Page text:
pollinator
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Maureen Atsali wrote:... BUT...
We trim our grass with a slasher (Long, sharp metal swing blade.)  Can't figure out how we would trim around all the rocks and keep things looking neat and tidy.

 
One solution I found was to make a path of fist size stones along the bottom and tamp them down into the dirt to make a cobblestone edge. Weeds in that can be pulled or doused with vinegar and you can then cut up to the path with your slasher.  

Maureen Atsali wrote:  Another but... it gets really hot here during the dry season... am afraid if I use the rocks to ring garden beds or trees, or as mulch, I might be creating a little oven.  Maybe there is something I am not understanding about the thermodynamics of rock-mulching... ?



Yes the plan of your rock placement needs to take into consideration whether in your climate you want to store heat or coolth. For example the rock retaining wall I posted above faces slightly south of east so that it gets sun only in the early part of the day but not the scorching evening sun during July and August.
A wall that faces south west might be used to create a sitting area for after dark where the radiant heat would make it comfortable.
 
Maureen Atsali
pollinator
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Thanks Hans,
I like the cobblestone idea, I think its workable.  We would be able to swing the blade close enough to the rocks to keep things looking nice, without hitting the rocks with the blade.  I love the look of rock borders, I think it will beautify the property.

As for mulching with rocks... I don't think that's going to work here.  The sun is just too intense.

I have been studying the picture above of the rock staircase.  I have a...I don't know what to call it, the technical landscaping term... ravine? gully?  I just call it the "toilet bowl", where-by a smallish spring (its small now, maybe in generations past it was huge?) sits in the bottom of a large, eroded out L shaped "bowl".  The sides are steep, the drop is about 20 feet, and I have a very hard time getting in and out of it.  During the wet season I often end up slipping in the clay muck and sliding down on my rear!  I have often thought of building a staircase... but building stuff isn't my forte.  Trying to figure out if my round rocks can be used to make a stair like the one which was pictured above?  Although there are some huge boulders, most of my rocks seem to be about the size of a soccer ball or smaller.  And the rocky part of the farm is on the opposite end of our long rectangular shaped farm from the toilet bowl... and I have to move everything by hand.  
 
master pollinator
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I love rocks too and this being Maine, we have our share.

I am not sure how many rockwalls I have built, many of them and some I have even built, needed to add something and moved them. I probably have done a 1/2 mile or so of rock walls; that being about 3ft by 3 ft by 3 feet tall.

My farm has an abundance of slate so when I did our foyer, I laid it with slate, and even used gravel from our gravel pit to make the concrete around the slate. With radiant heat underneath, it not only feels good on bare feet, it helps dry gloves laid directly on the rock, and is the preferred spot for the family cat. This is not a good picture of it because it just shows a bit of the foyer, but you can see that it is a natural stone and fits our timber frame home well. (I think, you can be the judge).



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master steward
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Oh my goodness, Travis. You're kitchen is AMAZING.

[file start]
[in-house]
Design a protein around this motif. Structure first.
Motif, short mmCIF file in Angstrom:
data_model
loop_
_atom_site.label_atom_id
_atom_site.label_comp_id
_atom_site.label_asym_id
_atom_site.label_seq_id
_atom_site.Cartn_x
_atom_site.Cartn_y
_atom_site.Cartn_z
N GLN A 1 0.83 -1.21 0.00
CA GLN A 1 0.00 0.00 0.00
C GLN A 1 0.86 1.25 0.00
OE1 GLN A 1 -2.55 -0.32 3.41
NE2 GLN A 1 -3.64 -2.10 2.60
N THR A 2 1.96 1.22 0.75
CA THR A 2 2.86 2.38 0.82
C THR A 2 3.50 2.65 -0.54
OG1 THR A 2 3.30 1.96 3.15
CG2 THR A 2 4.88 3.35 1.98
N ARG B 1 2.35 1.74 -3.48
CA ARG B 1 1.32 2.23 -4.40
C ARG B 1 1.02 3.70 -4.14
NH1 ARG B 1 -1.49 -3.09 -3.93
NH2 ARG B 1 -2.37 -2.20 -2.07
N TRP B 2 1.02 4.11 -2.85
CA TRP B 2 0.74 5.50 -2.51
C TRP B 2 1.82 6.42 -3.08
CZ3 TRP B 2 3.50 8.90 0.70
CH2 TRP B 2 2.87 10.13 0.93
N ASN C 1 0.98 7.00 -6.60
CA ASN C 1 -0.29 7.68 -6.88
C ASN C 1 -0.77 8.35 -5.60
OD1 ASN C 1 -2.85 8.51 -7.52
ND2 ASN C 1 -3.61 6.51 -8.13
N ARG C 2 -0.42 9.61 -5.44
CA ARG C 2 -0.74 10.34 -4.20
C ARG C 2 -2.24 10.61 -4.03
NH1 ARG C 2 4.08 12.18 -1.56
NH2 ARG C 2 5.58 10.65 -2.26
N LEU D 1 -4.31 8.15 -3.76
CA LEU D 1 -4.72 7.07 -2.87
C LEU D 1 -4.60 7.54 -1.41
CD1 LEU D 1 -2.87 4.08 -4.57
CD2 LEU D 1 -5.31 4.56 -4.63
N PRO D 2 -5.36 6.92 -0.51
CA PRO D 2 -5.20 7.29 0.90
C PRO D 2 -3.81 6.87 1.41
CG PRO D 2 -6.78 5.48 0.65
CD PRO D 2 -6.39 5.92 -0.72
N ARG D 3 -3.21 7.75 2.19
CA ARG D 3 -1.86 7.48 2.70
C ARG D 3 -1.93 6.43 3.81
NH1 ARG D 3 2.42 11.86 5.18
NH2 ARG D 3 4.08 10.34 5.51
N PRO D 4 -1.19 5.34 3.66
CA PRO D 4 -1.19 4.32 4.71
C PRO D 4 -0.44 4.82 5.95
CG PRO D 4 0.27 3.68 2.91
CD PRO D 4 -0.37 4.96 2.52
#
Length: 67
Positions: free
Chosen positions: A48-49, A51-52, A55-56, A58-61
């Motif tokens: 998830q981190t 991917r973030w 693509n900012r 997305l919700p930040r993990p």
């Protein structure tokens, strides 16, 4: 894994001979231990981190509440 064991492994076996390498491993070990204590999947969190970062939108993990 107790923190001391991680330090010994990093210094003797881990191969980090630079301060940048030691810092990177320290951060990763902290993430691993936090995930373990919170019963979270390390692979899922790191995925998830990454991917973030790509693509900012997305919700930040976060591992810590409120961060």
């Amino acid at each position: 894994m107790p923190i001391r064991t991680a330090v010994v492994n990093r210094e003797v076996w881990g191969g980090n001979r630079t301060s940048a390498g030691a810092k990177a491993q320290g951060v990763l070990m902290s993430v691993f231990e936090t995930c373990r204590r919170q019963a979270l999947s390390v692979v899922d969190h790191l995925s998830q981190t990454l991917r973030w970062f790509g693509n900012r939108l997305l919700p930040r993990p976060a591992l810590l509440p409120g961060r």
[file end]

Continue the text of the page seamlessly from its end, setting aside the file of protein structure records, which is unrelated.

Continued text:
Another use for rocks that I didn't see mentioned here is putting them around the base of trees to protect the roots from getting scratched up by chickens. I read about it on Erica Strauss's blog http://www.nwedible.com/stop-chickens-from-scratching-trees-shrubs/. Since then, I've been putting them around my fruit trees, and especially my strawberries to protect them from our chicken. (Chicken LOVES to scratch in the mulch under my trees, which is great for removing pests and weed seeds, but not so great for my strawberries!)

I don't currently have any pictures of my trees, but here's one of Erica's



I'm also planning on planting a fig tree where the previous owner apparently dumped some gravel. I read that fig trees have some pretty long-reaching horizontal roots (which I don't want invading my driveway or my wellhouse), and that the figs fruit better with their roots confined. So, I'm going to dig a BIG hole and encircle the place where the fig will go with two rings of big ol' slabs of "urbanite", which will be buried leaving only 1-2 inches about the soil. I'm hoping this will both confine the roots, as well as hold heat to help the fig ripen sooner and be protected better in the winter.
 
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Rocks rock!!  Love all the pictures!  I've been a big fan of rocks all my life and it seems a few have always managed to find their way into my pockets, bags, pick-up truck, RV, etc. no matter where I've traveled.  

We have lots of rocks on our little homestead here in AK and if we ever run out, the property next door is an abandoned gravel pit.  I also routinely get my "Cowboy" to pull over and rescue any stray rocks that are crying out for a new home as we pass by.  

After perusing this post, I had to jump in and share last summer's "Rock Wall" project with all of you.  We were putting in a new wood stove and I had this "flash of brilliance" to add lots of rocks to act as a kind of heat sync.  With Spring trying to put in an appearance (it's still between 20 and 40 degrees here in mid-April, but the snow's slowly melting), I can happily say the new woodstove with the rock surround worked great.  We still need to resolve some insulation problems, but we stayed warm and our woodpile will get us through to the end of this month (though I must confess we slipped away during the worst month of winter weather from mid-Feb to mid-Mar where it hit -40 a few times we were told.